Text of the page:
Disney Animator Illustrates Life With Two Children After His Wife Dies, And It Will Break Your Heart

Do you keep a diary?

Diaries are a great way for us to note important events in our lives, to capture our day to day emotions, to clear thoughts, lying cluttered in our heads.

If you’re a Disney animator on the other hand, keeping a diary is a great way to capture your doodles – I guess you could call it your ‘doodle diary’.

Gary Andrews decided to start on his 54th birthday by capturing the joy of his family life with his beautiful wife and children.

Three years, tragedy struck and Gary was left a widower and single parent.

Joy, Gary’s wife fell ill while he was away on a work trip to Canada. It started off as them assuming she was down with the flu, but things were actually a lot worse.

Gary rushed home to be with his ill wife and unfortunately arrived to hear that she had devastatingly passed away from sepsis.

Struggling to grasp what had happened and battling with an overflow of emotions, Gary communicated how he felt through the most beautiful, personal way he could.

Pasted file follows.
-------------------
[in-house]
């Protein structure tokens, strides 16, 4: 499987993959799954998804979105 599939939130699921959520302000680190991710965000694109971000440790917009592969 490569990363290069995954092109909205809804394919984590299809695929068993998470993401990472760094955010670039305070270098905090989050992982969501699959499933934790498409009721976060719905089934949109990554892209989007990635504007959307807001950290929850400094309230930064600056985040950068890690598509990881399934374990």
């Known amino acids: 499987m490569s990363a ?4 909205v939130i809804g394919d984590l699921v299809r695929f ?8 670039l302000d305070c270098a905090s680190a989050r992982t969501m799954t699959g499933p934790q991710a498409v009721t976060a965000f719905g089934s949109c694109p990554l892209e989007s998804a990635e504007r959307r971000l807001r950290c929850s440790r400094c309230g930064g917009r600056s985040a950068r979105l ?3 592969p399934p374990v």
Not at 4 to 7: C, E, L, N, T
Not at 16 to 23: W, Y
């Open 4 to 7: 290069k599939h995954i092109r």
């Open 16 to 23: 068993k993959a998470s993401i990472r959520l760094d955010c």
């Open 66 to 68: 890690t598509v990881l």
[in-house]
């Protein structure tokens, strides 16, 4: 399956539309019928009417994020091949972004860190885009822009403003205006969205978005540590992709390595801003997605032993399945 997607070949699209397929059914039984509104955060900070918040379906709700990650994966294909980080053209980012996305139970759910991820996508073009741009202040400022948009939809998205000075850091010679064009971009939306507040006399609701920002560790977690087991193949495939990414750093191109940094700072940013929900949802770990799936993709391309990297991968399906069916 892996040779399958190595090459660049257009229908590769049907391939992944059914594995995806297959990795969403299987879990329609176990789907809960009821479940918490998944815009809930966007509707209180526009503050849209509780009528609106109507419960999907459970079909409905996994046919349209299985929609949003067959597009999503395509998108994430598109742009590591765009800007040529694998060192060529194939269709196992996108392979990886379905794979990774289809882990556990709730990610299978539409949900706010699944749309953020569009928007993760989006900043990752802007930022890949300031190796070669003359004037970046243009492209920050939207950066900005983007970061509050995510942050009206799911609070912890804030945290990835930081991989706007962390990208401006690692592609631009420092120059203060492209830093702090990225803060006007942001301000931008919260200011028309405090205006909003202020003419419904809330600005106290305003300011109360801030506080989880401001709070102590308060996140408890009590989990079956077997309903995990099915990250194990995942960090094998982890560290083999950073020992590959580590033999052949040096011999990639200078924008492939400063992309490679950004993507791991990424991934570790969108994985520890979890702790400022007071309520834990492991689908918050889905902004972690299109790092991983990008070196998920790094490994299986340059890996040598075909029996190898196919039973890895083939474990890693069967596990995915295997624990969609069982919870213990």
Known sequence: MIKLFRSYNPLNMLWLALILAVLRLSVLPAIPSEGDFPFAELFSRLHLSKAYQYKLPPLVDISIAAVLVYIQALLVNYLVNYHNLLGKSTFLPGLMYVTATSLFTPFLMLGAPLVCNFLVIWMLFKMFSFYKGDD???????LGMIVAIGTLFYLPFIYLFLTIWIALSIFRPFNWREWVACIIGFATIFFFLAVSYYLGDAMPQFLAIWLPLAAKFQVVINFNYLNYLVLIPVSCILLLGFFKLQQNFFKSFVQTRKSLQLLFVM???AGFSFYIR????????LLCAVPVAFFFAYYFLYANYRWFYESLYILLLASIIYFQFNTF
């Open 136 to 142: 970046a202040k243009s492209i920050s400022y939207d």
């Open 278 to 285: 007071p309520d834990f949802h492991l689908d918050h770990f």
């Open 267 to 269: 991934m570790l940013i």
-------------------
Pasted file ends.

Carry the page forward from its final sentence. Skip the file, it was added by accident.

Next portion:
“I was crying so hard it was difficult to focus on the page. I was drawing through tears,” he told the Daily Mail. “Joy had been my soulmate for 19 years. She was beautiful, kind, generous and funny. We did everything together. When I lost her, I felt half of me had gone.”

Gary kept this going throughout the varying stages of grief and somehow managed to incorporate the joy his children brought him throughout this trying time while being a single parent.

Sepsis is highly ignored and is the silent killer many lack any knowledge on. The symptoms are so close to the common flu that many doctors only realize what’s going on when it’s too late.

Ironically, a simple course of antibiotics could easily clear it up if caught in time.

“From the minute Joy was admitted to hospital, specialists from every department tried to find out what was wrong,’ he says. “They couldn’t have done more. It wasn’t until the post-mortem that they narrowed it down to sepsis.”

“Blame and ‘what ifs’ won’t bring Joy back. Would she still be alive if I hadn’t been to Canada and a doctor had been called a day earlier? I can’t think about things like that. What happened has happened, and you have to come to terms with it. I want to move forward, to honor Joy’s memory and bring up our kids in a way she would have approved of.”

Scroll down to see the magical drawings Gary managed to doodle down in his diary, the most emotional state of a person’s mind coming to light.


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